A recent poll by Dalhousie University suggests that our food choices are becoming more varied
By Sylvain Charlebois
Atlantic Institute for Market Studies
Canadians love meat but other sources of protein are emerging as potent alternatives. Demand is up for vegetable proteins like pulses, as well as for fish and seafood. Loblaw has even started selling cricket flour and is trying to make insect consumption mainstream.
That’s led some people to believe that vegetarian and vegan segments of the Canadian population are on the rise.
Not so much.
According to a recent poll conducted by Dalhousie University, the number of vegetarians and vegans has remained the same. But the number of Canadians who follow specific dietary practices is clearly on the rise.
Results suggest that 7.1 per cent of Canadians consider themselves vegetarians and 2.3 per cent vegans. These numbers are fairly consistent with several other polls conducted over the last decade or so. Vegetarians maintain a meat-free diet while vegans also abstain from any animal or animal-derived products, including dairy, eggs and even honey.
But even if these percentages are not shockingly high, things may get more complicated.
Poll results show that 32 per cent of Canadians observe some sort of committed dietary regime. This number is one of the highest we’ve seen in recent years. Women are 1.6 times more likely to consider themselves vegetarian or vegan than men. Level of education also seems to be a significant determinant. People with an university degree are three times more likely to consider themselves vegetarians or vegans than those with a high school diploma.
Consumers living in British Columbia are 1.6 times more likely to identify as vegetarians or vegans than consumers living on the Prairies or in the Atlantic region. Wealthier people also seem to commit more to specific diets. Consumers who earn more than $150,000 a year are twice as likely to consider themselves vegetarians or vegans as consumers earning less than $80,000.
And consumers under 35 are three times more likely to consider themselves vegetarians or vegans than consumers who are 49 or older. Three times is a lot.
Experts argue that the rise of speciality diets is due to consumers associating vegetarianism and veganism not just with animal welfare, as they did in the past, but also with healthier and cleaner products. Others are rejecting industrialized agriculture altogether.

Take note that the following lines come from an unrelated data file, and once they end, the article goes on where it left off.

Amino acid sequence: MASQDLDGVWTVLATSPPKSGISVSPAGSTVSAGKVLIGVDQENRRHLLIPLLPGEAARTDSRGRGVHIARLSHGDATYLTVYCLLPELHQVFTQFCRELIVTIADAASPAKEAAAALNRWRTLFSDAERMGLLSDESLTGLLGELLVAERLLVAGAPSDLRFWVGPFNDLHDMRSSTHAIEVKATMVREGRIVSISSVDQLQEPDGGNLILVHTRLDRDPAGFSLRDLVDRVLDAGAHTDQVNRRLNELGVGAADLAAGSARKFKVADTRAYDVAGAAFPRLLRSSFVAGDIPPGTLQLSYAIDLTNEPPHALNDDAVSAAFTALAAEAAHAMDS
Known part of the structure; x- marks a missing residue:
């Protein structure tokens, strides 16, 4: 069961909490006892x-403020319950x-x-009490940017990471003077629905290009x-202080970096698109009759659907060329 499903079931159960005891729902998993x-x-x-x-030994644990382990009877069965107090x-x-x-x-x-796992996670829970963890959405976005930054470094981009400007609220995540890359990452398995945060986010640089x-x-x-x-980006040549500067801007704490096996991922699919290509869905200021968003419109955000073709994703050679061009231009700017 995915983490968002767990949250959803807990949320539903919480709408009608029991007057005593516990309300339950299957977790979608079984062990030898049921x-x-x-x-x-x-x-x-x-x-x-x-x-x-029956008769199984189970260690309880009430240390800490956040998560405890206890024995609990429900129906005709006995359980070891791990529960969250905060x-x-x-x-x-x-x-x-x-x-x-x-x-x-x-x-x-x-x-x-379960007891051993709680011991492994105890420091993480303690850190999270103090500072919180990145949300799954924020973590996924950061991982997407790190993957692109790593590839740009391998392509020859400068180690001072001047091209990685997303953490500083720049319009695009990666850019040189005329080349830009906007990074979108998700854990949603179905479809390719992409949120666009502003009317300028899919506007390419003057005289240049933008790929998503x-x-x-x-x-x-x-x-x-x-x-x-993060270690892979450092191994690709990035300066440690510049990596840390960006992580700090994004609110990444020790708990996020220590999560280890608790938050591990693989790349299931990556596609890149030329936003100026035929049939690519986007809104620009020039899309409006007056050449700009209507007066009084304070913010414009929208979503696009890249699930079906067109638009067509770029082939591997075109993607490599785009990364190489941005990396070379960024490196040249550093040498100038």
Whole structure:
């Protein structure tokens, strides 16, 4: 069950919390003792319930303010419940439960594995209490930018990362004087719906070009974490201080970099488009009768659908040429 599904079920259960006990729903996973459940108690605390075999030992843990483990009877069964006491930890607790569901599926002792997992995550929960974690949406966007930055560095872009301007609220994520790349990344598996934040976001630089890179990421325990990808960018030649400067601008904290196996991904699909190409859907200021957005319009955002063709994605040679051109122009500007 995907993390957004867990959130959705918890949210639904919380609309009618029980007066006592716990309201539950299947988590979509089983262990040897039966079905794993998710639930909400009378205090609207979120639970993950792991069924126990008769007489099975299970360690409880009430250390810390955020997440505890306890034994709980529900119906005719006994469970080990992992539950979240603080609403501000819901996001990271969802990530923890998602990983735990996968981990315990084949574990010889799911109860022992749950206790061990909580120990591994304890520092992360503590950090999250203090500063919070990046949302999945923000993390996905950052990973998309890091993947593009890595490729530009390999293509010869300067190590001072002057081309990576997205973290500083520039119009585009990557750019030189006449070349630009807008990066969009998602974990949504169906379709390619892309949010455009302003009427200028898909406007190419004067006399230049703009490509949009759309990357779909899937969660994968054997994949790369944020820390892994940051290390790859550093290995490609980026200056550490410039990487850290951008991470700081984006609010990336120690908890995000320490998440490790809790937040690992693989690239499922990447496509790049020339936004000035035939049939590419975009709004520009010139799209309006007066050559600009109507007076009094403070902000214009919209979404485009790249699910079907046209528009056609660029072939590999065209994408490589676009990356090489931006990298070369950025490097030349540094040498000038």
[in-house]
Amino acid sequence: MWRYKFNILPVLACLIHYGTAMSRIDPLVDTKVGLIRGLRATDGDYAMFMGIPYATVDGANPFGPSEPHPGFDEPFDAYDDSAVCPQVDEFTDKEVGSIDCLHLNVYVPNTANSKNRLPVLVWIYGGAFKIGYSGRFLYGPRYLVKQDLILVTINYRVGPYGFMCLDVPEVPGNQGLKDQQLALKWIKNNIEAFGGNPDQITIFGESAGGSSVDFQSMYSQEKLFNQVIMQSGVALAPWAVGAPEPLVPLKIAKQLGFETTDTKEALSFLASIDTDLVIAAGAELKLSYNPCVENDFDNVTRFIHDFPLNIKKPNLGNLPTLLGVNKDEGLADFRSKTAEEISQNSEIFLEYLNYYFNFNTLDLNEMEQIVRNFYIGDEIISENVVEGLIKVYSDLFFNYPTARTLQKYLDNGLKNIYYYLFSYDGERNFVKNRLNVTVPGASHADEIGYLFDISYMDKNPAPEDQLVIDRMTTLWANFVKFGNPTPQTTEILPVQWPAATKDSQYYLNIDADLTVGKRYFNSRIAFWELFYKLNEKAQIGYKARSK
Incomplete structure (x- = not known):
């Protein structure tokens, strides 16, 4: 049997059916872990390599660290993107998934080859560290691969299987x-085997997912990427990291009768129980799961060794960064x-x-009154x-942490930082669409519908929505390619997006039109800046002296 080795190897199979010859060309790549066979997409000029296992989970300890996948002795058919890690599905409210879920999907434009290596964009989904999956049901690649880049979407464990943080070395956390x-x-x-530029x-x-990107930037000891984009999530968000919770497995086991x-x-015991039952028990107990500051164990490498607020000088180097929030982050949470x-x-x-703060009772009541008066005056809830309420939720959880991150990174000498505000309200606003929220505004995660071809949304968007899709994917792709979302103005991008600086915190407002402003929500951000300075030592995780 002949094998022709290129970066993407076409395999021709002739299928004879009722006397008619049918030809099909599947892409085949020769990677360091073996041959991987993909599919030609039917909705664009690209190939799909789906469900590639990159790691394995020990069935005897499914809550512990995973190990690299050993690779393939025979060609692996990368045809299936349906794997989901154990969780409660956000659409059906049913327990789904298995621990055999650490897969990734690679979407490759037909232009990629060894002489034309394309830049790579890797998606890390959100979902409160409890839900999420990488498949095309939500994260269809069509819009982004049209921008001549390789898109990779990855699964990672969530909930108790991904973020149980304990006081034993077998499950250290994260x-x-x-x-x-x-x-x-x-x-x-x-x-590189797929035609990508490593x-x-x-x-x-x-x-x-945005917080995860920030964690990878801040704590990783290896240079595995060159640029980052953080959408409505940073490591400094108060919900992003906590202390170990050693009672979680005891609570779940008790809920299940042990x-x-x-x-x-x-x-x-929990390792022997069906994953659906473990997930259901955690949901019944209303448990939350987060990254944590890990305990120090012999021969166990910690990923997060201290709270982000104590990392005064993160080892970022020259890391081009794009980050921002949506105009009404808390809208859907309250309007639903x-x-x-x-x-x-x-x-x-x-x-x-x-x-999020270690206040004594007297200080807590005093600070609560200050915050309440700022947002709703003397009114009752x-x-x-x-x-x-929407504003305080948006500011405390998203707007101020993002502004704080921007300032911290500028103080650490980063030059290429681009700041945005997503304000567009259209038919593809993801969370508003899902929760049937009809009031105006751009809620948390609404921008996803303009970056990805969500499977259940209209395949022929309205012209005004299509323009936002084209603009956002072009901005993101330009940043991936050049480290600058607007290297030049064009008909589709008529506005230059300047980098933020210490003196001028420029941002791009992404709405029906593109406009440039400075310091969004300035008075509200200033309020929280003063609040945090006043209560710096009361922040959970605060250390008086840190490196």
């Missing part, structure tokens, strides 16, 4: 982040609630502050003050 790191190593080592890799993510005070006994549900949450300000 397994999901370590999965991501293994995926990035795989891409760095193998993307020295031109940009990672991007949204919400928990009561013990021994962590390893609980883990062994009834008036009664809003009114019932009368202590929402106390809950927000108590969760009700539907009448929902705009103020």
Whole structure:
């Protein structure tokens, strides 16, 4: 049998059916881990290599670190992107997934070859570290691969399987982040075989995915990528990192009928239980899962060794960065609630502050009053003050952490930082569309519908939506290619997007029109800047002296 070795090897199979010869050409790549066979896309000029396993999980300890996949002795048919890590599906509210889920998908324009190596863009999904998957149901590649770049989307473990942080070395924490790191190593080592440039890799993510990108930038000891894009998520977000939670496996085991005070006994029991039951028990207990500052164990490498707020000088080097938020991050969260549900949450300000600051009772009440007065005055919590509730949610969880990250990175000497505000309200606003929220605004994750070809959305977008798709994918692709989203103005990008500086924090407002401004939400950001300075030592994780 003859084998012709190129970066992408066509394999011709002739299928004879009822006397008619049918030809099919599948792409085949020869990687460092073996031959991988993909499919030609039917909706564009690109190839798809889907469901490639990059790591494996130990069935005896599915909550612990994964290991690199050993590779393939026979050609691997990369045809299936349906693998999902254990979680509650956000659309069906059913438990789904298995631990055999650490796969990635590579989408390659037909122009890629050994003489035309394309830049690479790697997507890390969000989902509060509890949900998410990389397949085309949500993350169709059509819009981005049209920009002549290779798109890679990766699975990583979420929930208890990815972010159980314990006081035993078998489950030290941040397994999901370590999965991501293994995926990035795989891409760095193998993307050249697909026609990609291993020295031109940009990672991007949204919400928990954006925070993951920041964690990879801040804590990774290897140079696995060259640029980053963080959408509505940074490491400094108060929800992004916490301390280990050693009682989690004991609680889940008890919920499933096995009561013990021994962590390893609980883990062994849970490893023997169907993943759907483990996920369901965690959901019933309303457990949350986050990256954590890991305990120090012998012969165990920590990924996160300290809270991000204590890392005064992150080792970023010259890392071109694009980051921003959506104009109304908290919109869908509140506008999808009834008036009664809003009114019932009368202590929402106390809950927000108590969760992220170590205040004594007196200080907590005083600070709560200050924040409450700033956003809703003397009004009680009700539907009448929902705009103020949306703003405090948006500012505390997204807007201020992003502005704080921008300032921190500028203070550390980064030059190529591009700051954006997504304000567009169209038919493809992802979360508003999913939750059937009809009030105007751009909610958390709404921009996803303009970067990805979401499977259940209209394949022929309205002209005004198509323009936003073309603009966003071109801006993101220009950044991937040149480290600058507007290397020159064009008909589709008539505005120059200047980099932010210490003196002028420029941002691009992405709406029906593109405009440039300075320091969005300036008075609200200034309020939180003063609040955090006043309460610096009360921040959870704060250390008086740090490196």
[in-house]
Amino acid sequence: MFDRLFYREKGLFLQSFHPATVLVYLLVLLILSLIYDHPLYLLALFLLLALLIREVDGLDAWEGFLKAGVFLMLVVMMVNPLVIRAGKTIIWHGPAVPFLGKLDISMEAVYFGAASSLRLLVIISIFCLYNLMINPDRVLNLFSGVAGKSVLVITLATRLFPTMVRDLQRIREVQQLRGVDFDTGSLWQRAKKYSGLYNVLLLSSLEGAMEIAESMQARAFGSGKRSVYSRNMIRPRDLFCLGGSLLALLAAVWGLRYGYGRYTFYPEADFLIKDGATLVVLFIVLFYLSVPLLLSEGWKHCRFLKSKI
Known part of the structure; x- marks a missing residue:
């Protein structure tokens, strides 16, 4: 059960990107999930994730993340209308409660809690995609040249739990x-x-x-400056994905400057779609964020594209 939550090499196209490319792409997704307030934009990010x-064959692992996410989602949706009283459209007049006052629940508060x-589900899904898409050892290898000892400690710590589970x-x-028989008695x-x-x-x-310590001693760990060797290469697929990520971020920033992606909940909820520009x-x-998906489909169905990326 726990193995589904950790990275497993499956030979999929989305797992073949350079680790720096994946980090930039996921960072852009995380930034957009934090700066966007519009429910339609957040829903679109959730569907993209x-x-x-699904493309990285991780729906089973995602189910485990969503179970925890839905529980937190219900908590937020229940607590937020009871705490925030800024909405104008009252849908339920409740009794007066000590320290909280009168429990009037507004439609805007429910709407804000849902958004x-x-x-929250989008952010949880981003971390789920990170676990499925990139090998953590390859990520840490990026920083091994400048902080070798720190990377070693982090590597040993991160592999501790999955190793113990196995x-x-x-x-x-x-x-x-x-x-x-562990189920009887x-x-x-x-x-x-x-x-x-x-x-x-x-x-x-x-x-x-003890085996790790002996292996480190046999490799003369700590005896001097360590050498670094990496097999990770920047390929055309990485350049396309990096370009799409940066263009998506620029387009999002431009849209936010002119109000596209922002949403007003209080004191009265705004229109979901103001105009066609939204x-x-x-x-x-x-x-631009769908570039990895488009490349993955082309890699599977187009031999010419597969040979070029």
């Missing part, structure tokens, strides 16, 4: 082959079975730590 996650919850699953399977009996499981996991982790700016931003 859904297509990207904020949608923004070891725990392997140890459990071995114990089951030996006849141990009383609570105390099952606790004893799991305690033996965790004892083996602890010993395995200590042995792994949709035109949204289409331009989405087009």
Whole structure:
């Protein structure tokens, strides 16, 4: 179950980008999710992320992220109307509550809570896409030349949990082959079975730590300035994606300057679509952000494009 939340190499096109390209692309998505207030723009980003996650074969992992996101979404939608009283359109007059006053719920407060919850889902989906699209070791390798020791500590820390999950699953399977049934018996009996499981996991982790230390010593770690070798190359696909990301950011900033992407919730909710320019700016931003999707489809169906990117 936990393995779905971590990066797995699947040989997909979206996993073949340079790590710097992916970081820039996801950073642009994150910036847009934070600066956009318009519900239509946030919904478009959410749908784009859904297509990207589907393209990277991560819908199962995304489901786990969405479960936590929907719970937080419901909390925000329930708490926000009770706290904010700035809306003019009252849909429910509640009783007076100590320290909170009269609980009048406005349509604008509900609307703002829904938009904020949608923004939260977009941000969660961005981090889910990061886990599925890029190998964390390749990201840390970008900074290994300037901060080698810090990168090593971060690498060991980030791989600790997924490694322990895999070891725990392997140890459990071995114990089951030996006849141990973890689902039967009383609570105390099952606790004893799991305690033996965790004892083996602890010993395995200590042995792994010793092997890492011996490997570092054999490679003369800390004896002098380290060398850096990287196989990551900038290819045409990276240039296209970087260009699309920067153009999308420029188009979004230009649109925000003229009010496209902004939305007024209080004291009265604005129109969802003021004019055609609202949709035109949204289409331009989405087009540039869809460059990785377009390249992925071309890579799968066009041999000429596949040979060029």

Health appears more and more to be a factor. The poll suggests that more than 12 per cent of Canadians are diabetic. Consumers aged 49 and up are twice as likely to adopt a diabetic diet over time than those under the age of 35. As our population gets older, it’s difficult to see how that number could drop any time soon.
Questions concerning allergies also garnered interesting results. Almost 12 per cent of Canadians mentioned having allergies and more than 20 per cent of households with more than two children said they had to constantly watch for allergens. These are alarming results.
For years, allergens have been a nightmare for food companies and the Canadian Food Inspection Agency. Of the 35 food recalls issued by federal regulators so far in 2018, almost a third were due to ingredients not on labels. Oddly, consumers in the Prairies are two times more likely to suffer from food allergies than in Quebec.
Religious beliefs also lead a small segment of Canadians to choose specialty products like halal or kosher foods. A total of 2.3 per cent of Canadians mentioned eating halal foods regularly while less than one per cent choose kosher products. Halal and kosher foods aren’t always easily available but this could change with our immigration ambitions.
This is just one survey and it only polled 1,049 Canadians. Results must be taken with a grain of salt, no pun intended.
Still, these results point to much more heterogeneous food demand. No wonder Air Canada offers 18 special meal options for international flights. Catering companies and restaurants also know that serving patrons is becoming more about customizing servings than delivering a standardized meal.
So if you have no specific dietary needs, you’re still in the majority. But with a younger generation seeking more dietary nuances, this could change over the next decade.
Sylvain Charlebois is dean of the Faculty of Management and a professor in the Faculty of Agriculture at Dalhousie University, Senior Fellow with the Atlantic Institute for Market Studies, and author of Food Safety, Risk Intelligence and Benchmarking, published by Wiley-Blackwell (2017).
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